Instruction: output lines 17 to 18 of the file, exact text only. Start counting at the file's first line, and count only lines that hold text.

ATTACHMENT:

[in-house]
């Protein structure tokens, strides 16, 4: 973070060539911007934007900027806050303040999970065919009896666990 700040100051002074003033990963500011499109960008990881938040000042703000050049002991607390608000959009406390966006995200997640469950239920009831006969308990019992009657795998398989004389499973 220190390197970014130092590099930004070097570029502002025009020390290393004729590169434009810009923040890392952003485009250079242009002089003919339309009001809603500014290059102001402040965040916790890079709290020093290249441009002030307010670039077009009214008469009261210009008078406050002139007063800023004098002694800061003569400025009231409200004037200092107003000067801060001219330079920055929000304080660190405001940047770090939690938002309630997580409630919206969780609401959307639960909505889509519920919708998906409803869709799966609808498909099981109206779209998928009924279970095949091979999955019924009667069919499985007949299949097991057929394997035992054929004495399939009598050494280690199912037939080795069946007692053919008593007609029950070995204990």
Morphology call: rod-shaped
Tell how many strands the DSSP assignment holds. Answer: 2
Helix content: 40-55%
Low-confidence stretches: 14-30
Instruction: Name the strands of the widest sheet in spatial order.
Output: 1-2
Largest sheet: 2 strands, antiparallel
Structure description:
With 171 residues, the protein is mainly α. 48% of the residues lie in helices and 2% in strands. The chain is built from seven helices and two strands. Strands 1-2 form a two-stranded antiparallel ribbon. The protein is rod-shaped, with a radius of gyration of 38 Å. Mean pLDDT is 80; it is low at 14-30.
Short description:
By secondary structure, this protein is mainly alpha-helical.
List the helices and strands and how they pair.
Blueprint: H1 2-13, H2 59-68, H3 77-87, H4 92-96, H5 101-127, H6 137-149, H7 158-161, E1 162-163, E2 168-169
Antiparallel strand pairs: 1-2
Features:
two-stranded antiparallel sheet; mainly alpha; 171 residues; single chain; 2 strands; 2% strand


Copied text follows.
Features:
two-stranded antiparallel sheet; mainly alpha; 171 residues; single chain; 2 strands; 2% strand